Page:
The teardown proved an important milestone in the effort to meet the company’s goal of cutting costs by 15 percent, a target it ultimately realised—and exceeded. More important, the effort helped the company’s R&D and procurement groups begin to work together in a new, more collaborative way. “Instead of us working in our ‘silos’ on a day-to-day basis,” said one executive, he noticed “much more of a propensity for people to be attacking a problem in packs rather than alone.” By combining deep insights about customers, competitors, and costs, a few leading companies are finding the “sweet spot” in product development: lowering costs while designing better products that customers value more. Along the way, these companies are strengthening organisational capabilities that will help them thrive in an era of heightened global competition. Ananth Narayanan is a principal in McKinsey’s Chennai office, Asutosh Padhi is a director in the Chicago office, and Jim Williams is a consultant in the Seattle office. The authors wish to acknowledge the contributions of Dave Fedewa, Shivanshu Gupta, Vivek Khemka, Amresh Kumar, and Ashish Tuteja to the development of this article.

December 2012

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me & my Mentee

MENTEE

MENTOR

Ashok Cherian CIO, JK Cement

Amitab Saxena General Manager-IT JK Cement

“Mentor by delegating work properly�

What do you look for in a mentee? Ashok Cherian There are various qualities or attributes that are required in a mentee and this depends on what role the mentee is playing. If it is a business facing role, then the mentee needs to be proactive, should have a partnering approach and he should be open to sharing his knowledge with his peers and juniors. A mentee should have the skill sets required to be engaged with the business dynamics and he should be able to control situations and avoid conflicts. Some of the other traits that are a must include being trustworthy, level-headed and an expert in his field.

tions and also do skill mapping. It also depends on the mentee's interest level and how much he wants to grow in the organisation. In our organisation, we have formal training sessions which the mentee can attend to improve his professional abilities. In the informal case, the mentor tries to find out the interests of the mentee on a day-to-day basis which enables the mentor to realise what are the additional things the mentee can do apart from his routine role. The idea is to provide maximum amount of responsibilities to the mentee as this comes across as the best form of training and improving professional skills.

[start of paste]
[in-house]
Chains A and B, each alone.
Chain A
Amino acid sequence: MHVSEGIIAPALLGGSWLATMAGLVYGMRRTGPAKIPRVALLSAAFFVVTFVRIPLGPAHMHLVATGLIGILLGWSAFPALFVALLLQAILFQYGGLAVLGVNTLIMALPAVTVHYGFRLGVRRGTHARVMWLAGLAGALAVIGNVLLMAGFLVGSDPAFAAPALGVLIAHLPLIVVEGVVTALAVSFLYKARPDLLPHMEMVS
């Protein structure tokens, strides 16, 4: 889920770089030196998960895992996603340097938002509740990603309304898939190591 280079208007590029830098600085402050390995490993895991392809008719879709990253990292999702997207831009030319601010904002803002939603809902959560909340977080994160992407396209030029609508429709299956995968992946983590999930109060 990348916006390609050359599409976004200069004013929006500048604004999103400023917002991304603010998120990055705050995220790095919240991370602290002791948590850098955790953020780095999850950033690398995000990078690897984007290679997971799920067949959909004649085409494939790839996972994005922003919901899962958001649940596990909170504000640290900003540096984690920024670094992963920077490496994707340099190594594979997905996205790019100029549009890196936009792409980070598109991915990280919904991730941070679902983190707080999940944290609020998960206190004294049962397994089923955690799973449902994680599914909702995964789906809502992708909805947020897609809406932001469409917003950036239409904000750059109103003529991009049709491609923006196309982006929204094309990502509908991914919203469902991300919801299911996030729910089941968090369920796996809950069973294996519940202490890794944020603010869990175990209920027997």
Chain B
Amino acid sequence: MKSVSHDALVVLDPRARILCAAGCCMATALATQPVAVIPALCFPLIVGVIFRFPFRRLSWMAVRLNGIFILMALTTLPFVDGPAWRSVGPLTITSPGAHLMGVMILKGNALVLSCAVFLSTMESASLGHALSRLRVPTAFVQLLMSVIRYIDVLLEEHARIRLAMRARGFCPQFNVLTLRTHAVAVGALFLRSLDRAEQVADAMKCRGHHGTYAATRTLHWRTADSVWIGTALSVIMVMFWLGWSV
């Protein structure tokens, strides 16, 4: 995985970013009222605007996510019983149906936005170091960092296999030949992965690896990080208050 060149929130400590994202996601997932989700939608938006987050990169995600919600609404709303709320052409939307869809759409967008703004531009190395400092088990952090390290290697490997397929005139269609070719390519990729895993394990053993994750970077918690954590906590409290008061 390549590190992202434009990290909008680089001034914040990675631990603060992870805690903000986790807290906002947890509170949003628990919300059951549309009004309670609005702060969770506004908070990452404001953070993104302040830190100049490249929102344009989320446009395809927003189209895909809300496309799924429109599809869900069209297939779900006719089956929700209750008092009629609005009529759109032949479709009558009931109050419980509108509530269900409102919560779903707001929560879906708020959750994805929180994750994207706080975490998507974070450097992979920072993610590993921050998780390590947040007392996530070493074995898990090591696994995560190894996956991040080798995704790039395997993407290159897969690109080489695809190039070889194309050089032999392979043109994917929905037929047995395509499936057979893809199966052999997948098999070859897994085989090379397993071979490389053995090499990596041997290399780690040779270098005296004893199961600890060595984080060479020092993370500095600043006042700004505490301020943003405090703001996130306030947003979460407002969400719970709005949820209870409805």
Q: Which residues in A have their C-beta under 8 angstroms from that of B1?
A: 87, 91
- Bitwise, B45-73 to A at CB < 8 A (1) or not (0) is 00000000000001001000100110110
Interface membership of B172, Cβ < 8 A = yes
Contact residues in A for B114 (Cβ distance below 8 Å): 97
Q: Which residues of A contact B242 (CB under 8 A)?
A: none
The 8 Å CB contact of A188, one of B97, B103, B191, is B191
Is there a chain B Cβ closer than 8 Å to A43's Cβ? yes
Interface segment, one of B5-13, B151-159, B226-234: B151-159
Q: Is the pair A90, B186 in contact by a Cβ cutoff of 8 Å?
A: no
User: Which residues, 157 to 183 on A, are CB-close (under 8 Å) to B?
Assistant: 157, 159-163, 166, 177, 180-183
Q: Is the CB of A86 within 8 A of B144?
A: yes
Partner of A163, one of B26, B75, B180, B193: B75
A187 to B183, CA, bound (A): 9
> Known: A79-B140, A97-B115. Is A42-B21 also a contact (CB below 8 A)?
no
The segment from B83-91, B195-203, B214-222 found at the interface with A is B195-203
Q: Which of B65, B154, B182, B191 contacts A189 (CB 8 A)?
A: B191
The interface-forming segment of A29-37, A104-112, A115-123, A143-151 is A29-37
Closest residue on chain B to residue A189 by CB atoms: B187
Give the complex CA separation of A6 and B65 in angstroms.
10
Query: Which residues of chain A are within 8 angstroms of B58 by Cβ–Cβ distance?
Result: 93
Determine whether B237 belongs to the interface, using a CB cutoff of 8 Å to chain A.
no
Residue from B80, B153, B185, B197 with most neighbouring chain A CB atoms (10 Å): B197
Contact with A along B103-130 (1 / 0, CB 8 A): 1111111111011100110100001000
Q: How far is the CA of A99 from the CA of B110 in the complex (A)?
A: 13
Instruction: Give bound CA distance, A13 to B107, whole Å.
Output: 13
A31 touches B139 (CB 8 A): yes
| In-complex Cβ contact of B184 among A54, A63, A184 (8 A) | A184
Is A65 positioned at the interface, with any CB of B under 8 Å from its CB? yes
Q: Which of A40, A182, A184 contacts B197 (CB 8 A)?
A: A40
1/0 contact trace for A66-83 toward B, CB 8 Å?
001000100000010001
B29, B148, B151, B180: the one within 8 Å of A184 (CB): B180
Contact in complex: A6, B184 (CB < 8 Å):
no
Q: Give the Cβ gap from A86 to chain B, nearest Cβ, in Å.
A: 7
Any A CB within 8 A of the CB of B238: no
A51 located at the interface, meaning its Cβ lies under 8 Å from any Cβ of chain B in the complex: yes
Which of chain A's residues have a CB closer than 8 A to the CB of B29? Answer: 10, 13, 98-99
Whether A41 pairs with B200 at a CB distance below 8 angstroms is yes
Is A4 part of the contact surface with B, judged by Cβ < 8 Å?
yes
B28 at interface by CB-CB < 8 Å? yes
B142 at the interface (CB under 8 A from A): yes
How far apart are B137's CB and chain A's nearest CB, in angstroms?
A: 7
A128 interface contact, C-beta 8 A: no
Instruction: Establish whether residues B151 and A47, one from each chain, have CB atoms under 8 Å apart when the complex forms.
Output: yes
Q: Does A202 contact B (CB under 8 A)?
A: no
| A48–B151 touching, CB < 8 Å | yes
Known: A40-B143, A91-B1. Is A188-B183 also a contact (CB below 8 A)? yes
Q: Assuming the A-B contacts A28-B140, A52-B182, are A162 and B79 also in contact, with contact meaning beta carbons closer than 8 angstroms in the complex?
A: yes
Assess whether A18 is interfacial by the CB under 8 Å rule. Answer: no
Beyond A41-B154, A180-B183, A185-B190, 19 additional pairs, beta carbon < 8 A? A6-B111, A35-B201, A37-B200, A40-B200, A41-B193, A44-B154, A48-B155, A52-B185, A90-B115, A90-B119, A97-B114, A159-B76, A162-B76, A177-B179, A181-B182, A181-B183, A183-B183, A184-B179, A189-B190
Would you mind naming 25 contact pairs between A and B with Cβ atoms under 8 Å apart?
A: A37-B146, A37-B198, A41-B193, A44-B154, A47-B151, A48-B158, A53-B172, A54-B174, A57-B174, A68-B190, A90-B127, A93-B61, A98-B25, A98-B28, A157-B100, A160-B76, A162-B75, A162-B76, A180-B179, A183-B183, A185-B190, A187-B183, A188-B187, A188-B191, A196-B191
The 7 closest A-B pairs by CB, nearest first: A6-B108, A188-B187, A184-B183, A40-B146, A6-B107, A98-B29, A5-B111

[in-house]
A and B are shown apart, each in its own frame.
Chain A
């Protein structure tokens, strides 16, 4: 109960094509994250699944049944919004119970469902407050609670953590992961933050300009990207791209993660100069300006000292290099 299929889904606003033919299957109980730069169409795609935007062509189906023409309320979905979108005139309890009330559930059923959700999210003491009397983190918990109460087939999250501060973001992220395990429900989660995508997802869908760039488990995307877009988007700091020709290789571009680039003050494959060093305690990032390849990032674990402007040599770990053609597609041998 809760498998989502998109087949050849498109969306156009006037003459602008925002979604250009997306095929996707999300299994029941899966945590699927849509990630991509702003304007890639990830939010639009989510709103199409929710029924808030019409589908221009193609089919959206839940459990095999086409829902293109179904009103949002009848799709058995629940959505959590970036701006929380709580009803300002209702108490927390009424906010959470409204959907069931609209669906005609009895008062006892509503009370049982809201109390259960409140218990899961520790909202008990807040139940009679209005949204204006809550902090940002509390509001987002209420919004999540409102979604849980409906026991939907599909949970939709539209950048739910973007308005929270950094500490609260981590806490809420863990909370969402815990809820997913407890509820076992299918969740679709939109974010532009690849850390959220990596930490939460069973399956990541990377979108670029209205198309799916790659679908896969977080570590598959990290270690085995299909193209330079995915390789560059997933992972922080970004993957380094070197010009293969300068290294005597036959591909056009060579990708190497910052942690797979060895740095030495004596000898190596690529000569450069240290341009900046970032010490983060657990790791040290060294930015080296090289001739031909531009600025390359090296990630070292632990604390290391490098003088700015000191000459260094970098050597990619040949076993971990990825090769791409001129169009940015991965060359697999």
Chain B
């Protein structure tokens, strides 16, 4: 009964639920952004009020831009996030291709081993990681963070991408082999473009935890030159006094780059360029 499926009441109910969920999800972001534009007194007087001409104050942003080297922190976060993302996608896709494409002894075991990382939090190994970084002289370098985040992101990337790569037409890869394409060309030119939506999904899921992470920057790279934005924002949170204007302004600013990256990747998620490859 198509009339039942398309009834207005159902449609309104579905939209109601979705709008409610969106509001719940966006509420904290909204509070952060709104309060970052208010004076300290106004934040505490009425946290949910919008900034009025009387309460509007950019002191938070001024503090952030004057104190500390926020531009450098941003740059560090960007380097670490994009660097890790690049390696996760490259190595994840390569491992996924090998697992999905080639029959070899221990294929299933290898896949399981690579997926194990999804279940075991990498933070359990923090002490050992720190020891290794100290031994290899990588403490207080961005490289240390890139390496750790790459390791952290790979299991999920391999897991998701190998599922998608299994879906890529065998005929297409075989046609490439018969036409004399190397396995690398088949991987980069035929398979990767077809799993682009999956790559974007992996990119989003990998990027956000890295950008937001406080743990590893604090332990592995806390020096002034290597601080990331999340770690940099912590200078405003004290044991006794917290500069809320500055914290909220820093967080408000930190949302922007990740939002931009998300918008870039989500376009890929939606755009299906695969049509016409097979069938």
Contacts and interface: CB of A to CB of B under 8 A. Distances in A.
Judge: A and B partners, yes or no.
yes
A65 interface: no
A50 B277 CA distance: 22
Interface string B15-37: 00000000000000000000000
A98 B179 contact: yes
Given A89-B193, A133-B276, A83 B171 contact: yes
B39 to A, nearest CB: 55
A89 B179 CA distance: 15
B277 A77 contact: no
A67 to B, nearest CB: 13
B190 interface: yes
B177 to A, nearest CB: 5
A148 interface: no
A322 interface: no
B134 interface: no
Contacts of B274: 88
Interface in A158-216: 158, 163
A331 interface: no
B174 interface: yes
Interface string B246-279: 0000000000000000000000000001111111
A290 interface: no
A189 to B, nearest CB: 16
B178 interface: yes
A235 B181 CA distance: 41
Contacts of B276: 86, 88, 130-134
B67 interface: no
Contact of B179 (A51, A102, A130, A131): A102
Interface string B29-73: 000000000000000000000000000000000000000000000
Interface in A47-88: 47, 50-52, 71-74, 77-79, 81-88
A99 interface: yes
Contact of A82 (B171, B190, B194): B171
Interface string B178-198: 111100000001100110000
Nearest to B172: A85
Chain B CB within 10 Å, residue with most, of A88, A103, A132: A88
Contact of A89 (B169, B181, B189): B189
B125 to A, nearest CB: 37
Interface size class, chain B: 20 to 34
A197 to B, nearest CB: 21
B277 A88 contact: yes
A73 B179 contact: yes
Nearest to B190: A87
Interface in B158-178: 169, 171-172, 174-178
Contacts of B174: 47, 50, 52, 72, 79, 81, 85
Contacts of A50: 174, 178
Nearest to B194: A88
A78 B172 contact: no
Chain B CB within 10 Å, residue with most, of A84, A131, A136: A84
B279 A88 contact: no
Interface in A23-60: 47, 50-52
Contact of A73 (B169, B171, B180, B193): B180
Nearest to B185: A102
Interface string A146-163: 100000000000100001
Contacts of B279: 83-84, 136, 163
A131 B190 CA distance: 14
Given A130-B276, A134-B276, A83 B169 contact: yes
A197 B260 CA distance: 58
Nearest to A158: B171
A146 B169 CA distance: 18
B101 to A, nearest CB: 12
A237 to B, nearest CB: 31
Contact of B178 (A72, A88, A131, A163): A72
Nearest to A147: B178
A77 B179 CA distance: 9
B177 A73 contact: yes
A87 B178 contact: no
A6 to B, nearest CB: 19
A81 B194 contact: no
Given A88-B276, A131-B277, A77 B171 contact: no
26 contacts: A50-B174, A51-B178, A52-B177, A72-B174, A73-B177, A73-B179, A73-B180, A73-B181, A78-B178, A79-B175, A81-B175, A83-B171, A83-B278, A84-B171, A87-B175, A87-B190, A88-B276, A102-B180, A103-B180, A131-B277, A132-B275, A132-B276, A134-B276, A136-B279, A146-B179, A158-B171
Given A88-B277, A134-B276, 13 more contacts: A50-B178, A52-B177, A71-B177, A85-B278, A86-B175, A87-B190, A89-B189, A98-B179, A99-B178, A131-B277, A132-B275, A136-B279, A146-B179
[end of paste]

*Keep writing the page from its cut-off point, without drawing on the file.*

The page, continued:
What do you look up to in your mentor? Amitab Saxena According to me, a mentor should be a visionary leader. He should have the passion to achieve the company's goals and should have an open mind. The mentor should provide proper guidance and he needs to give the mentee constructive feedback. For the mentor to spend quality time with the mentee, organisations should make this interaction a formal process. It should become a culture within an organisation.

Do you think your mentor spends enough time with you? How do you think your mentor could contribute more towards your professional growth? Amitab Saxena Yes, I am fortunate that whenever I need any guidance from my mentor, he is always available to show the direction. Additionally, the availability of modern technology helps as it ensures that we need not be physically present to have any interaction. Ashok Cherian is a person who is always open to share his experience and ideas, which helps me a lot. I personally feel that when the mentor understands the double benefits of mentoring investment, it is a win-win situation for the organisation and its employees. If a mentor provides the right guidance, then he is preparing the next leader in the organisation and this way both the organisation and the employees are benefitted.

How do you identify the priority areas where you think your mentee needs to focus on for further professional development? Ashok Cherian There are formal and informal ways of doing this. In the formal case, I have discussions with the mentee to find out about his professional aspira-

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image BY subhojit paul

A s h o k C h e r i a n & A m i ta b Sa x e n a | m e & m y M e n t e e

“A mentee should have the skill sets required to be engaged with the business dynamics”

“The highest level of motivation is derived from the sense of ownership”

How do you think your mentee can take more responsibilities and take more bigger decisions? Ashok Cherian I as a leader have always believed in delegating work. There will be 99 percent instances where you will find me delegating work to my juniors. In this way, I am preparing my mentee to be the next leader in the organisation. If you don't put the mentee in a position where he is answerable for his actions, then the whole scenario becomes a waste. The best way to learn is to take up responsibilities and think in a manner where you are the business leader. Once you expose the mentee to greater responsibilities, he will learn to take bigger decisions and his confidence will also increases manifold.